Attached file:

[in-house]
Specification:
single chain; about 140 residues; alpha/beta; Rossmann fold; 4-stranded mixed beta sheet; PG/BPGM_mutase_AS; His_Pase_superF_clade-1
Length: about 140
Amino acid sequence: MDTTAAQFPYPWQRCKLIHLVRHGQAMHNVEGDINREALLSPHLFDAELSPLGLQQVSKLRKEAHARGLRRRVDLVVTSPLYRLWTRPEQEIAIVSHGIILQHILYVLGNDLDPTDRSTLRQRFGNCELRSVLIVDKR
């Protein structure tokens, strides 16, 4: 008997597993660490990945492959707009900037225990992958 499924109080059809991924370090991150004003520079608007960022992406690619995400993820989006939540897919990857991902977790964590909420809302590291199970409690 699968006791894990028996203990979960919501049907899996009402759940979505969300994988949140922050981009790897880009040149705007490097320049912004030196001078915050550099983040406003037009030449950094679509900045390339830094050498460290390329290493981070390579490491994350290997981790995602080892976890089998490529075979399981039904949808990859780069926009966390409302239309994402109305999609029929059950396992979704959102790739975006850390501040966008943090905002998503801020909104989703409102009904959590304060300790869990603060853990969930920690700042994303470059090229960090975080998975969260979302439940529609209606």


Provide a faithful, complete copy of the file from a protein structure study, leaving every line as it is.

[in-house]
Specification:
single chain; about 140 residues; alpha/beta; Rossmann fold; 4-stranded mixed beta sheet; PG/BPGM_mutase_AS; His_Pase_superF_clade-1
Length: about 140
Amino acid sequence: MDTTAAQFPYPWQRCKLIHLVRHGQAMHNVEGDINREALLSPHLFDAELSPLGLQQVSKLRKEAHARGLRRRVDLVVTSPLYRLWTRPEQEIAIVSHGIILQHILYVLGNDLDPTDRSTLRQRFGNCELRSVLIVDKR
């Protein structure tokens, strides 16, 4: 008997597993660490990945492959707009900037225990992958 499924109080059809991924370090991150004003520079608007960022992406690619995400993820989006939540897919990857991902977790964590909420809302590291199970409690 699968006791894990028996203990979960919501049907899996009402759940979505969300994988949140922050981009790897880009040149705007490097320049912004030196001078915050550099983040406003037009030449950094679509900045390339830094050498460290390329290493981070390579490491994350290997981790995602080892976890089998490529075979399981039904949808990859780069926009966390409302239309994402109305999609029929059950396992979704959102790739975006850390501040966008943090905002998503801020909104989703409102009904959590304060300790869990603060853990969930920690700042994303470059090229960090975080998975969260979302439940529609209606």